In both animated series and The Mandalorian, the “Gauntlet” starfighter serves as a troop transport that can seat as many as 24 passengers and crew. Not so with this highly miniaturized LEGO version, which provides interior room for only two minifigures, and no real cockpit controls.

The trailing edges of the wings have the fighter’s sub-lightspeed engines, and this closeup also shows how unfinished the undersides of the wings look compared to the rest of the vehicle.

The minifigures

Pulling from the designs of the characters as they appear in the final season of The Clone Wars, the set includes three minifigures — Bo-Katan Kryze, Gar Saxon, and an unnamed Mandalorian loyalist. Bo-Katan Kryze wears a helmet with the Night Owls design, while Gar Saxon’s helmet features horns like the Armorer’s helmet in 75319 we reviewed yesterday. Saxon’s red and black armor coloring indicates his status as the commander of the Mandalorian super-commandos loyal to Maul’s Shadow Collective. (He wore different armor when he served Palpatine’s new Empire as Governor and Viceroy, playing an antagonist role again on Rebels.)

Both the named characters have printed heads, but oddly only Bo-Katan has hair. A black head under a helmet for an unnamed Mandalorian (who wears armor similar to many previous LEGO Mandalorian background characters) is fairly typical, but the inclusion of printed faces for the two named characters in this set makes their absence all the more striking in sets featuring Din Djarin from The Mandalorian.

All three Mandalorians have jetpacks, with printed armor details underneath.

Bo-Katan is the only character with a double-sided head, featuring a smirk on one side and a determined/fierce expression on the other.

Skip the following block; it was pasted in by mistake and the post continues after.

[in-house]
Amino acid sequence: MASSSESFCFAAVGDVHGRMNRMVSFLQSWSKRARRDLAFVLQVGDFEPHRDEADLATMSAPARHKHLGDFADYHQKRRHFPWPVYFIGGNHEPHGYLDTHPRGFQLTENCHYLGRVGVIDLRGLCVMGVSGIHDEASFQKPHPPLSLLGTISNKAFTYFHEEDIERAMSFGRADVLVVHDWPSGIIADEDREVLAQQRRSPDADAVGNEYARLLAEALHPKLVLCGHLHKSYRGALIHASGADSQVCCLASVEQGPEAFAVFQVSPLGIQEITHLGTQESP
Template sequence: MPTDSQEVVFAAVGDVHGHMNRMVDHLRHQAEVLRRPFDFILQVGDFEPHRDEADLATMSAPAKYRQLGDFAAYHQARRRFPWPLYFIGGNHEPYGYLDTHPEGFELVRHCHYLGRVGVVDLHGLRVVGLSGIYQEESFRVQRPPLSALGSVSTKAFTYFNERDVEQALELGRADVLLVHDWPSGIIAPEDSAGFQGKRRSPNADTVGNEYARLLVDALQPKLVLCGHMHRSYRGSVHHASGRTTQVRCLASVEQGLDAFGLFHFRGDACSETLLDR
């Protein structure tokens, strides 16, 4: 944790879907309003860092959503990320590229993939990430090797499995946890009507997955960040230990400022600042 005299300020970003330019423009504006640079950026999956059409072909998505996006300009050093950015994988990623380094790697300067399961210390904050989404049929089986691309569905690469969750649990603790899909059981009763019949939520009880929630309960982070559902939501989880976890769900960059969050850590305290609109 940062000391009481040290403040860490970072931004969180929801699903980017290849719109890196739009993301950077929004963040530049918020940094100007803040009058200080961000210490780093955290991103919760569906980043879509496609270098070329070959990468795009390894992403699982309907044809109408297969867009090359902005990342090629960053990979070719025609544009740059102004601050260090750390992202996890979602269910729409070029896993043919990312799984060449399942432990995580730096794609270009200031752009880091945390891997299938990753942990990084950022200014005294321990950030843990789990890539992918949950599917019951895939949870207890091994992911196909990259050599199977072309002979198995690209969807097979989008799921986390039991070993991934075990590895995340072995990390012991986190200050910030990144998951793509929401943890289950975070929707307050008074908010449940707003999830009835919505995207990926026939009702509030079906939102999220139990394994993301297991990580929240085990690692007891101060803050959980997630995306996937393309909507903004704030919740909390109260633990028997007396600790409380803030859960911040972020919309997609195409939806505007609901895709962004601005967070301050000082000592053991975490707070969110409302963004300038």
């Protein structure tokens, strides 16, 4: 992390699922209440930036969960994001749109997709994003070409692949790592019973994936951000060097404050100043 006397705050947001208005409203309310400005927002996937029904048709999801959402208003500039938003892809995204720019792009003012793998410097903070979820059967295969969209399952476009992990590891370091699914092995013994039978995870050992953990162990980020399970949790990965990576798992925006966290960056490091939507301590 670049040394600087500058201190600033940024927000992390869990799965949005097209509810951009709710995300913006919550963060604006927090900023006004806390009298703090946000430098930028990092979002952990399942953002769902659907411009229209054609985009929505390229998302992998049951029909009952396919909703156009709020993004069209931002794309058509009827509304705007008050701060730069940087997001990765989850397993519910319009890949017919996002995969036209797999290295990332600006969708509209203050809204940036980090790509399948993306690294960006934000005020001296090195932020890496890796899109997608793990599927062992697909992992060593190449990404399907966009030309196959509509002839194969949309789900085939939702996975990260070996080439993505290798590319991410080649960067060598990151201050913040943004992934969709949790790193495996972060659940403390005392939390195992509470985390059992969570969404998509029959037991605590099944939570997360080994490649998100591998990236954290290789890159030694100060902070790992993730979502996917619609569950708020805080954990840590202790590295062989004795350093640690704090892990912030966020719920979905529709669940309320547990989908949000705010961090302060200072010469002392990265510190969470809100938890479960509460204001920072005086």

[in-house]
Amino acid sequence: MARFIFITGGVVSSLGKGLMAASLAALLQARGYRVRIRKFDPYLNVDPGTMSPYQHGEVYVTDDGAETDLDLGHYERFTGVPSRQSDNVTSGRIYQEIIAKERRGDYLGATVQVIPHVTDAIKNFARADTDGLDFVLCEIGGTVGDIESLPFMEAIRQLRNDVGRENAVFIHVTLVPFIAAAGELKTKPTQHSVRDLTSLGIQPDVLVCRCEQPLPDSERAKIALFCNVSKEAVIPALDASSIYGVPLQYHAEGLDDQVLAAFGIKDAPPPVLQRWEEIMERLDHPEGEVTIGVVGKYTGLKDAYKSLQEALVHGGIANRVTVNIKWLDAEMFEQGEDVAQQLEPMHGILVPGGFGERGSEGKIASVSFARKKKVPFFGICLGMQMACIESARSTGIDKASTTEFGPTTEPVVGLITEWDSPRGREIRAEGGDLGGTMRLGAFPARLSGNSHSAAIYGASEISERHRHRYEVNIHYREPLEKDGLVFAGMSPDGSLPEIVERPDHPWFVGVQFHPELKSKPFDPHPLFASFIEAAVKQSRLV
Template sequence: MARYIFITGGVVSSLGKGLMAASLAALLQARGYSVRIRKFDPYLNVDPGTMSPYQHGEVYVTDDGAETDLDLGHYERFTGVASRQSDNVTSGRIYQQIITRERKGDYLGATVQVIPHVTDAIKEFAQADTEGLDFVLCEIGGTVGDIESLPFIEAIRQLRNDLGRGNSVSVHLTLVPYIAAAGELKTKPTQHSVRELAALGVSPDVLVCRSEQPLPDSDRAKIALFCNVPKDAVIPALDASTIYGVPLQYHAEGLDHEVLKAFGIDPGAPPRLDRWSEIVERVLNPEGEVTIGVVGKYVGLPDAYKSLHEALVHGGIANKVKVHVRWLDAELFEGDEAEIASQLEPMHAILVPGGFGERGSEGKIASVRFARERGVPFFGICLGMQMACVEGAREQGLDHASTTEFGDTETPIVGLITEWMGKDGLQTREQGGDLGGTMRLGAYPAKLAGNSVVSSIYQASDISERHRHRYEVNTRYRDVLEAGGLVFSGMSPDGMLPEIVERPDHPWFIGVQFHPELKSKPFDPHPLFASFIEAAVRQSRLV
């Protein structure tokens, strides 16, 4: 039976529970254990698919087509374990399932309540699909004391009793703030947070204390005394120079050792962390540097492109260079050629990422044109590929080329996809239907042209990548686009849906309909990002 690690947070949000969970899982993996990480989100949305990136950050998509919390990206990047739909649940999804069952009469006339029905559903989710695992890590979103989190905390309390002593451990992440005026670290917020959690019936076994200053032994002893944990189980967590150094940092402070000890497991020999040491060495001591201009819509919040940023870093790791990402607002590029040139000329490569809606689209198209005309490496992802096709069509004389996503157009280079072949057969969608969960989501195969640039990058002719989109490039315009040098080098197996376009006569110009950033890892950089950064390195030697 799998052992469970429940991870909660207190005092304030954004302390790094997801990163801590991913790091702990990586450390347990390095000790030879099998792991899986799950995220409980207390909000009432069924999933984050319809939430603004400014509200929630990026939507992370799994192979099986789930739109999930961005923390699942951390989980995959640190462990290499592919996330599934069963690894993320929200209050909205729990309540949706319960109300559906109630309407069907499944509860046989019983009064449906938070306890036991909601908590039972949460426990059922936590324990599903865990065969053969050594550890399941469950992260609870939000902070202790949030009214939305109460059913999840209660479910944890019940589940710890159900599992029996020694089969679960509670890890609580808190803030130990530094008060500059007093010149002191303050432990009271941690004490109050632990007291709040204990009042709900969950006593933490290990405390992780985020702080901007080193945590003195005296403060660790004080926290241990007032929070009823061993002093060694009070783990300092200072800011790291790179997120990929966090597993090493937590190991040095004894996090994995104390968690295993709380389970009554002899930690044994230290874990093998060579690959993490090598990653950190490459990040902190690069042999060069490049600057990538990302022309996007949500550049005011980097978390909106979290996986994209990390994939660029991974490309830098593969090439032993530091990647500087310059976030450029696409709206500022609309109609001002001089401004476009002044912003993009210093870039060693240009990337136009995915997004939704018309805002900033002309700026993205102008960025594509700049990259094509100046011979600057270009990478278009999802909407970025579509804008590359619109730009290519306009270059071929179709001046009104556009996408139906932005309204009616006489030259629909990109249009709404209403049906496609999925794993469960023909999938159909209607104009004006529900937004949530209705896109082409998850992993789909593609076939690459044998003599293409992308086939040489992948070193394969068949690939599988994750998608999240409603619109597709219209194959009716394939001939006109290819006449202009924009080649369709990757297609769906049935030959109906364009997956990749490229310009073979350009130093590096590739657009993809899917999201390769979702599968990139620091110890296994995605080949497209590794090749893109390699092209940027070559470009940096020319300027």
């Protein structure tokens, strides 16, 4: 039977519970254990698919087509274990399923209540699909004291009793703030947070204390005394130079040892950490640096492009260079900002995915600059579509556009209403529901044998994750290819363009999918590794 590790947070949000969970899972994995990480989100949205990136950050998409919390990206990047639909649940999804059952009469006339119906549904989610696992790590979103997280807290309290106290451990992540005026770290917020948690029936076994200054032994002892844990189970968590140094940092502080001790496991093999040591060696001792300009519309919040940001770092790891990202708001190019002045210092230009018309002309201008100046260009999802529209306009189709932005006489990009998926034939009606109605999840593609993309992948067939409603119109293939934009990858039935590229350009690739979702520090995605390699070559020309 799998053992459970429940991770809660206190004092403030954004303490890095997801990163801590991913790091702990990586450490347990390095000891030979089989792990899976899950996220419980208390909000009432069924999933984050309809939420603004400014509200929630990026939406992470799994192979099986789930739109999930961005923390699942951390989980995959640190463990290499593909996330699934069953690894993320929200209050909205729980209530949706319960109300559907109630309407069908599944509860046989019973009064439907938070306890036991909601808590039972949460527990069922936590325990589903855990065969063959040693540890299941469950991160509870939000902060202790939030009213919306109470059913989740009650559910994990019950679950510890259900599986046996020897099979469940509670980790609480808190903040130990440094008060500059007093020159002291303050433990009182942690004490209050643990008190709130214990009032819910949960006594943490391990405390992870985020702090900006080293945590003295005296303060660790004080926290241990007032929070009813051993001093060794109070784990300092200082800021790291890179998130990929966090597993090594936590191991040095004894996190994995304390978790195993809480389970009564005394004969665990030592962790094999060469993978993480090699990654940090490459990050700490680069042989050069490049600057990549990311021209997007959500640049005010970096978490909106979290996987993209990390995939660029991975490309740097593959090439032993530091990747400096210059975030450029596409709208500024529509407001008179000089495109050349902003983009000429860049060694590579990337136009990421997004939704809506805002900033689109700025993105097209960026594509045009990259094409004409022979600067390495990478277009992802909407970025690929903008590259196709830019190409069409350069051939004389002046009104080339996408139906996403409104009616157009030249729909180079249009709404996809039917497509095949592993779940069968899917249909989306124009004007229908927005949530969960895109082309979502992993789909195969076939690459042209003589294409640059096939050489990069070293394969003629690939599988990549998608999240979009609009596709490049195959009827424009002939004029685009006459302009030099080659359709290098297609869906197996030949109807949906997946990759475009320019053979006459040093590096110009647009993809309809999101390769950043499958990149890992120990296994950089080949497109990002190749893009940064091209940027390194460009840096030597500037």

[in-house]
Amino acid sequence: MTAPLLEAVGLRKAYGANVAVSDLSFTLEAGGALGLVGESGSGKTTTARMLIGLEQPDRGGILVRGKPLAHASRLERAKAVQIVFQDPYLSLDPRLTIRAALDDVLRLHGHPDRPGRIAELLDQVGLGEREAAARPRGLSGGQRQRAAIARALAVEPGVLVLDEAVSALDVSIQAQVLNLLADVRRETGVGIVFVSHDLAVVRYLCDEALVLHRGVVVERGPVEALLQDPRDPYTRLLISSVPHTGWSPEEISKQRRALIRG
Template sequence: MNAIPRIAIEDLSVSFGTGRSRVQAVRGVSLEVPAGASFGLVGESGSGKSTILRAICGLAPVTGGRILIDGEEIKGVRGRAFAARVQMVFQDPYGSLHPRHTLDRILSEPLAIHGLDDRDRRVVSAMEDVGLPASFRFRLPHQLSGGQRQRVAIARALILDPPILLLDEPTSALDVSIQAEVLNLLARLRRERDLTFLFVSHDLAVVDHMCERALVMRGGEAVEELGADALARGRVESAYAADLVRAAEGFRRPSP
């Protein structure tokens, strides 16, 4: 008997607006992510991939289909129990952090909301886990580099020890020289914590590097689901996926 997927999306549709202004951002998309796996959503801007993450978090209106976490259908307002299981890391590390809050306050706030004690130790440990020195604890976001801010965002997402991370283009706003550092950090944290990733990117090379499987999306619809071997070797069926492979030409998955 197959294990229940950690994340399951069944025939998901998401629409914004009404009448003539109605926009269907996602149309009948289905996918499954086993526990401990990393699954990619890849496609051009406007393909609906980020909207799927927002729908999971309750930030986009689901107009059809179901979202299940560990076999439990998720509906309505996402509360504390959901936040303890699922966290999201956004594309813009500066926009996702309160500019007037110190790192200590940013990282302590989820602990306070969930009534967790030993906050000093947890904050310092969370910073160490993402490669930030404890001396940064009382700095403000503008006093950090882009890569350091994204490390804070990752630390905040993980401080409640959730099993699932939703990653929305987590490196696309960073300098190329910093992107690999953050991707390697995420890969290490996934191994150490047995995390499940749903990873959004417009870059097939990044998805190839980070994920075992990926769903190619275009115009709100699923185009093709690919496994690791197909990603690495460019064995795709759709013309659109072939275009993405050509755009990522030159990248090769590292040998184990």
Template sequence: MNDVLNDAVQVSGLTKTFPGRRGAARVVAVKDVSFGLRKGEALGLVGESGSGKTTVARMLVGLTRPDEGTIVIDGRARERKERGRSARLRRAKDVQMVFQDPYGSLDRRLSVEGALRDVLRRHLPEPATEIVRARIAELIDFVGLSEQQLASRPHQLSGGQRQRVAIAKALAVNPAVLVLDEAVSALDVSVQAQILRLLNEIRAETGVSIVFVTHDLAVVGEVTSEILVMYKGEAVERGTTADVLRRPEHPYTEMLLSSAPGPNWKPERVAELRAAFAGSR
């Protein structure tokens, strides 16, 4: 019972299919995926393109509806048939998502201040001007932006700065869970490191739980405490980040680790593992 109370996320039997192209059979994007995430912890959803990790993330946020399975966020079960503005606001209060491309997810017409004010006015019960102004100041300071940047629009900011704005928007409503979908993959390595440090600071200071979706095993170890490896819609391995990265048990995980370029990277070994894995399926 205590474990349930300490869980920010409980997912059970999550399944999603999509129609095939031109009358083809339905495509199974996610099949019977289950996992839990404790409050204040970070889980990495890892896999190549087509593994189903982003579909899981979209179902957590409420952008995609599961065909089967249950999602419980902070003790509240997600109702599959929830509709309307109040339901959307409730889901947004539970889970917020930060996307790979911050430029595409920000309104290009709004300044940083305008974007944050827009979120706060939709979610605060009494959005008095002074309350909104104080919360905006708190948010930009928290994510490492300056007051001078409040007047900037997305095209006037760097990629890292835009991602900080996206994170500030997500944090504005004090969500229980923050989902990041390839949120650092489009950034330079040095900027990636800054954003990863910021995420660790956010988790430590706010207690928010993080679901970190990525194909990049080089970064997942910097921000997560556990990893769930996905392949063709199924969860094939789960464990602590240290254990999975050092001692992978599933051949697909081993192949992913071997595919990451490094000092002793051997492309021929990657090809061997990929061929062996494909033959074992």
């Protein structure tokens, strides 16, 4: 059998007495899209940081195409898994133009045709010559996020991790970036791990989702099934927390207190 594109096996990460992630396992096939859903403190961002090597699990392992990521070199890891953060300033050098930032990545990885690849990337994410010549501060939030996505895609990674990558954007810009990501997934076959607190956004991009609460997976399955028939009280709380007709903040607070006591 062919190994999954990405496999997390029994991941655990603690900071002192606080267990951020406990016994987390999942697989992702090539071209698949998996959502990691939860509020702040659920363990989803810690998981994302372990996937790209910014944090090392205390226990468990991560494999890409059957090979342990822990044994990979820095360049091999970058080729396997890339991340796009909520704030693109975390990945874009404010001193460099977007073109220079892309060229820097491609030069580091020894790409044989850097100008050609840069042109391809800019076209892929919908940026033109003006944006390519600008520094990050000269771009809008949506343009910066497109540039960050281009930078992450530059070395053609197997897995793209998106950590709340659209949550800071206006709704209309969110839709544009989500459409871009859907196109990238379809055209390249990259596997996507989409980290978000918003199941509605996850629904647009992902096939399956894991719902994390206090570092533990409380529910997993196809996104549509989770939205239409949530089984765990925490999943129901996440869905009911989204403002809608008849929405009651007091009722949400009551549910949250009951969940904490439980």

Conclusions & recommendation

The scale, level of detail, and play features for the Mandalorian starfighter are somewhat disappointing, as is the lack of hair for poor Gar Saxon. And at 544 pieces for $60, this is no steal from a parts standpoint. But the first new LEGO version of this oft-seen vehicle in 9 years, with three excellent minifigs makes this a must-buy for any LEGO Star Wars builder or collector who’s a fan of The Clone Wars, Rebels, or The Mandalorian. With the legendary Darksaber wrested from Moff Gideon’s hands by Mando himself, we’re sure to see Bo-Katan Kryze again in the live action series, so the first set to feature her as a minifigure is also sure to be popular.

LEGO Star Wars 75316 Mandalorian Starfighter includes 544 pieces with three minifigs and is available now from the LEGO Shop online (US $59.99 | CAN $79.99 | UK £49.99),, eBay, and elsewhere.

1 comment on “LEGO Star Wars 75316 Mandalorian Starfighter features Bo-Katan Kryz & Gar Saxon [Review]

  1. Herman

    I bought it and almost finished the build. Minifigs are great. De plane is a bit off. Like they accidentally put a proof of concept model in production instead of the final product.

    For play it’s fine. Cool that it can rotate along its axis separate from the wings.